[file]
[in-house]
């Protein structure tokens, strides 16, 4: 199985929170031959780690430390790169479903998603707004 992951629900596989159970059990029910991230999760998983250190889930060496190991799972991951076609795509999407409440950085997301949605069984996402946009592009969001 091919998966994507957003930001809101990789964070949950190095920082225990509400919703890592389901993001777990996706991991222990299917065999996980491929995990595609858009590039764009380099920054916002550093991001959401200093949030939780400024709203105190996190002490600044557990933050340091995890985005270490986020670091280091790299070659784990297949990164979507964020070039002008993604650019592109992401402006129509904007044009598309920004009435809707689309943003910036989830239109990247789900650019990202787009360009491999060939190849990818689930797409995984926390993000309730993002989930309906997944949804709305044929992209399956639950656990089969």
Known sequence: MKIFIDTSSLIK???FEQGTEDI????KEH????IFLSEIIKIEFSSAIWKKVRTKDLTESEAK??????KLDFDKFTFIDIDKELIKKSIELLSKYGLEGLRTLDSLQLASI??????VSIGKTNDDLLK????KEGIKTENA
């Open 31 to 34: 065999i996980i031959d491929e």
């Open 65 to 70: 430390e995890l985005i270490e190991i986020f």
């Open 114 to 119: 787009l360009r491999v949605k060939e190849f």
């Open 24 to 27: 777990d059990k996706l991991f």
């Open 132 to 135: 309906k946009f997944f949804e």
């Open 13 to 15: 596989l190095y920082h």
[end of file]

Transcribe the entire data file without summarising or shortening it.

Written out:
[in-house]
């Protein structure tokens, strides 16, 4: 199985929170031959780690430390790169479903998603707004 992951629900596989159970059990029910991230999760998983250190889930060496190991799972991951076609795509999407409440950085997301949605069984996402946009592009969001 091919998966994507957003930001809101990789964070949950190095920082225990509400919703890592389901993001777990996706991991222990299917065999996980491929995990595609858009590039764009380099920054916002550093991001959401200093949030939780400024709203105190996190002490600044557990933050340091995890985005270490986020670091280091790299070659784990297949990164979507964020070039002008993604650019592109992401402006129509904007044009598309920004009435809707689309943003910036989830239109990247789900650019990202787009360009491999060939190849990818689930797409995984926390993000309730993002989930309906997944949804709305044929992209399956639950656990089969």
Known sequence: MKIFIDTSSLIK???FEQGTEDI????KEH????IFLSEIIKIEFSSAIWKKVRTKDLTESEAK??????KLDFDKFTFIDIDKELIKKSIELLSKYGLEGLRTLDSLQLASI??????VSIGKTNDDLLK????KEGIKTENA
């Open 31 to 34: 065999i996980i031959d491929e």
């Open 65 to 70: 430390e995890l985005i270490e190991i986020f």
């Open 114 to 119: 787009l360009r491999v949605k060939e190849f």
């Open 24 to 27: 777990d059990k996706l991991f």
């Open 132 to 135: 309906k946009f997944f949804e």
């Open 13 to 15: 596989l190095y920082h």